Electric Youth, featuring pair of Hopkinton teens, to perform on Town Common this Sunday

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Electric Youth
Hopkinton teenagers Kelsey Breslin (left) and Finley Doherty are members of Electric Youth, which will perform on the Town Common this Sunday.

When the teenage song-and-dance group Electric Youth hits the Town Common this Sunday (July 25) at 5 p.m. as part of the Parks & Rec Concerts on the Common series, there will be a couple of familiar faces on the stage.

Hopkinton teens Kelsey Breslin and Finley Doherty are members of the prestigious 14-person ensemble, whose shows consist of singing and dancing to pop songs and show tunes, with backing by the Boston Show Band. Electric Youth (EY) is coming off a four-week tour of Austria and Italy, where the group performed 14 shows.

While Doherty is completing her first season in the group, Breslin is a four-year veteran who graduated Hopkinton High School in the spring and is wrapping up her time with EY before heading to college.

Breslin started out starring on a different stage, as she was a basketball standout in her elementary and middle school years and expected to play at least through high school. But when the performing bug hit, her priorities changed.

“When I was younger I went to Enter Stage Left in Hopkinton and I would do one musical a year there,” she recalled. “But I was playing sports that entire time and I thought that’s what I wanted to do. I was so into basketball and so excited to play in high school. [For Enter Stage Left] you graduate after eighth grade and you can’t do the musicals anymore. And I remember being so upset and just missing it. So I went to my parents and was like, ‘I think I want to do theater more and I think I want to find a place where I can do it.’ It ended up working out, but I then had to make the decision to give up sports because the time commitment was so big.”

The daughter of two college basketball players — Jen (Saint Anselm) and Roger (Holy Cross) — Breslin was a little unsure how her parents would react. She was pleasantly surprised when they threw their support behind her new passion.

“The conversation went a lot better than I thought,” she said with a laugh. “I thought they were going to fall over when I was like, ‘I don’t want to play basketball.’ But they took it really, really well. They’ve always been so supportive. I think they appreciate theater, even though it’s so different from what they’ve always done. But they absolutely love coming to the shows, and they’re so fun. I’ve appreciated that they’ve been able to come on the tours. It’s so cool to have them there.”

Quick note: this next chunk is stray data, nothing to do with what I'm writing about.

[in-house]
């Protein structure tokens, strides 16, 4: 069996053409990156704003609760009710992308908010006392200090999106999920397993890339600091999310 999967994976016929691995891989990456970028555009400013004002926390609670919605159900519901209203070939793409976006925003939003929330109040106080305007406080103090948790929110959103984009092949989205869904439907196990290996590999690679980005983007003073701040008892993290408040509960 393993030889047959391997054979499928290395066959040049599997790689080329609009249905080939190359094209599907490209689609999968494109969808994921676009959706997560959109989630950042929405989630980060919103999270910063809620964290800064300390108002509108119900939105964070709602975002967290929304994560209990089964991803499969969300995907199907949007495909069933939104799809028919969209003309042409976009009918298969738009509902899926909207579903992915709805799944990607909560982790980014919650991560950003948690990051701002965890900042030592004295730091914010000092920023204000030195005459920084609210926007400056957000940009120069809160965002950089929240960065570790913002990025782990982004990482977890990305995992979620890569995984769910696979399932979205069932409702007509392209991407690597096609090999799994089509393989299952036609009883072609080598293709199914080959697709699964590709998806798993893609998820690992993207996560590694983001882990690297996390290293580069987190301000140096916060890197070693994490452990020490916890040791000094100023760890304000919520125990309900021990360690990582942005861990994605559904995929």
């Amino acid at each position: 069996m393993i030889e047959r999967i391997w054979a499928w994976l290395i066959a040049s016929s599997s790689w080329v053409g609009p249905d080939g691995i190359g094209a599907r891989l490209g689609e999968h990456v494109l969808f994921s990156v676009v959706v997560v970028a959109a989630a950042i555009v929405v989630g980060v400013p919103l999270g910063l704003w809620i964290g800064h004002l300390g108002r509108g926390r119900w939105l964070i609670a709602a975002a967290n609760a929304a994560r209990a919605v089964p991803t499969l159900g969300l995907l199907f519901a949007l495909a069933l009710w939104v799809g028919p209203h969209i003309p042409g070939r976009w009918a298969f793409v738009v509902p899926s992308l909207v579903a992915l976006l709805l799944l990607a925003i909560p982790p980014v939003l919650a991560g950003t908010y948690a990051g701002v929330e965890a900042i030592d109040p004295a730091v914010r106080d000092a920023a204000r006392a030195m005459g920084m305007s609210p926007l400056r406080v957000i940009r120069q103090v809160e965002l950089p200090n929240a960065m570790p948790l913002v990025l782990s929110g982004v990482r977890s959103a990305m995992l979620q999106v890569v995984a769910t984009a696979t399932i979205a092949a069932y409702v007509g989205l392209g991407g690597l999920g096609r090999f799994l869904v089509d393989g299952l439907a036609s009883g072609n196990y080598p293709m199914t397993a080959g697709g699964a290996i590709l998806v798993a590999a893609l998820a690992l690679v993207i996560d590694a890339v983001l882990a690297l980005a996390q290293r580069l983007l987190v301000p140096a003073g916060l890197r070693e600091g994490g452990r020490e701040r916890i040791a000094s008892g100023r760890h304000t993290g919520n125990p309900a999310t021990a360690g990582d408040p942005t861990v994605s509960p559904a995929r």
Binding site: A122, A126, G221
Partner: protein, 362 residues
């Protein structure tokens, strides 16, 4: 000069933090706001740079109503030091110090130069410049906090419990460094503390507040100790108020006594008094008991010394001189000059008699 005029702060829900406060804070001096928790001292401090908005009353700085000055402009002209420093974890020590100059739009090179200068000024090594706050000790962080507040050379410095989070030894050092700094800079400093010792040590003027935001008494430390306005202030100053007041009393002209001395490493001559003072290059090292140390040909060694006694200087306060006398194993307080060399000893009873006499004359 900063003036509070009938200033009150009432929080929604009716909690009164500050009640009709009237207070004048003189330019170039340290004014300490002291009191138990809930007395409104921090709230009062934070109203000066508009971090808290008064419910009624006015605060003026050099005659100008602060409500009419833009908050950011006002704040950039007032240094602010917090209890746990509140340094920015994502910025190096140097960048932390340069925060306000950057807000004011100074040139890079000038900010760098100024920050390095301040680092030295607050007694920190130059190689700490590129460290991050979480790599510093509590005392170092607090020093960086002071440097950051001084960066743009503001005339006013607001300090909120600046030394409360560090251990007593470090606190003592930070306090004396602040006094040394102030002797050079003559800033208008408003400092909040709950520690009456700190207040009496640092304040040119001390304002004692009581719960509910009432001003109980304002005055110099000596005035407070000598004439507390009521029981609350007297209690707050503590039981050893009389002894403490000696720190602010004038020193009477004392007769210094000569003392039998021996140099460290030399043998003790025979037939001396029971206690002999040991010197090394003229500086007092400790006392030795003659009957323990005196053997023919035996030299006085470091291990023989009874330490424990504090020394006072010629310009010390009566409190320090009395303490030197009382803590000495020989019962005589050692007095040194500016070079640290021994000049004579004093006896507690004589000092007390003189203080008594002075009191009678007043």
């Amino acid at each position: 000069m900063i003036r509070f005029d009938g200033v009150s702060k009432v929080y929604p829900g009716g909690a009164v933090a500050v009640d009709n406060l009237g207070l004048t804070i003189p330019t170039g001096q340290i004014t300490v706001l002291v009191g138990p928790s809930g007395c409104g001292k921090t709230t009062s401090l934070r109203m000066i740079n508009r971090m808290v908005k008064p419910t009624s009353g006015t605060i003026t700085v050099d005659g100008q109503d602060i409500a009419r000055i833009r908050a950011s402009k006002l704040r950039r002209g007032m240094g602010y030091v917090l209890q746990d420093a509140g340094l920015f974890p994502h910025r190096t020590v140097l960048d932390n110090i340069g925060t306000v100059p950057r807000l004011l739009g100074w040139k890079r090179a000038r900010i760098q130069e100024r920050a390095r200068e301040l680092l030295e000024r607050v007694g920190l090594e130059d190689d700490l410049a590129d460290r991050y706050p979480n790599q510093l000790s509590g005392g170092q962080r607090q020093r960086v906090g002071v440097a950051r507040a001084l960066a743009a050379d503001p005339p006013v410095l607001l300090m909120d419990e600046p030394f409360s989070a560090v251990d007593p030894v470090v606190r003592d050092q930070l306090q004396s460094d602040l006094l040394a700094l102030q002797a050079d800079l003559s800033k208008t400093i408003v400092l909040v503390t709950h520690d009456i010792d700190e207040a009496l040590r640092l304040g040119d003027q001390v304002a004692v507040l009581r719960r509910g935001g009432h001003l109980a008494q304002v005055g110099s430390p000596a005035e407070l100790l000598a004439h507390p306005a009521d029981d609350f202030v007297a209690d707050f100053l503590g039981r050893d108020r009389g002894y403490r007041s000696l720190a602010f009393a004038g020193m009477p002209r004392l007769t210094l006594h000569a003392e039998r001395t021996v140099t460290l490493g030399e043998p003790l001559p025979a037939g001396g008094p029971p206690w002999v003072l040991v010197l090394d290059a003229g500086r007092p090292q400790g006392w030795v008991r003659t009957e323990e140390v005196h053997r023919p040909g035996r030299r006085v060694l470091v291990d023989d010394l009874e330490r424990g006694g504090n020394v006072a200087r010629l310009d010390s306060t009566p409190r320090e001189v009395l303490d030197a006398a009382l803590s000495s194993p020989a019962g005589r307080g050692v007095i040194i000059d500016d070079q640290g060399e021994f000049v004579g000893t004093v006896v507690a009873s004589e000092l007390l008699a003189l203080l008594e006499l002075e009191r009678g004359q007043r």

Her father had heard about a program at the Franklin School for the Performing Arts and suggested she try it out. After attending summer camp there, Breslin was ready for more of a commitment. She auditioned for Electric Youth, which is based out of the school, and earned a spot despite concerns about her lack of dance experience.

“I did not feel confident going into the tryouts,” she recalled. “I had never danced before. Pretty much all we do is centered around dancing. I hadn’t taken a dance class, so I kind of went into it blindly. I played sports, so I wasn’t coordinated in any way. So I was definitely not confident.”

After being selected and joining the ensemble, Breslin put in additional work to master the moves being taught at the rehearsals.

“I spent a lot of extra time because I had never danced before, so I didn’t know what I was doing,” she said. “I needed to get to the level everyone else was — or at least try.”

That was four years ago. Now Breslin is heading into her final shows with the group before starting college at the University of Tampa, where she will study in the musical theater program. She plans to double major in Mandarin so she has a backup plan.

In the meantime, she is relishing the opportunity to perform a couple more times with her friends in EY. The group returned from Europe earlier this week, and it was a different experience than when Breslin and EY toured there four years ago.

“We went to the same places that we went my freshman year, but it was completely different with COVID,” she said. “It was a lot more normal than I anticipated, but even some of the shows they had to keep track of how many people were coming in and take people’s names down. It was a lot harder to draw a crowd at a lot of the shows, because people were kind of timid in getting out and being in groups.”

She said the highlight was a show in Menaggio, a resort town on Lake Como, at the foot of the Alps.

“It was the coolest thing,” Breslin said. “There were so many people there. It was a really, really big crowd, and they liked it.”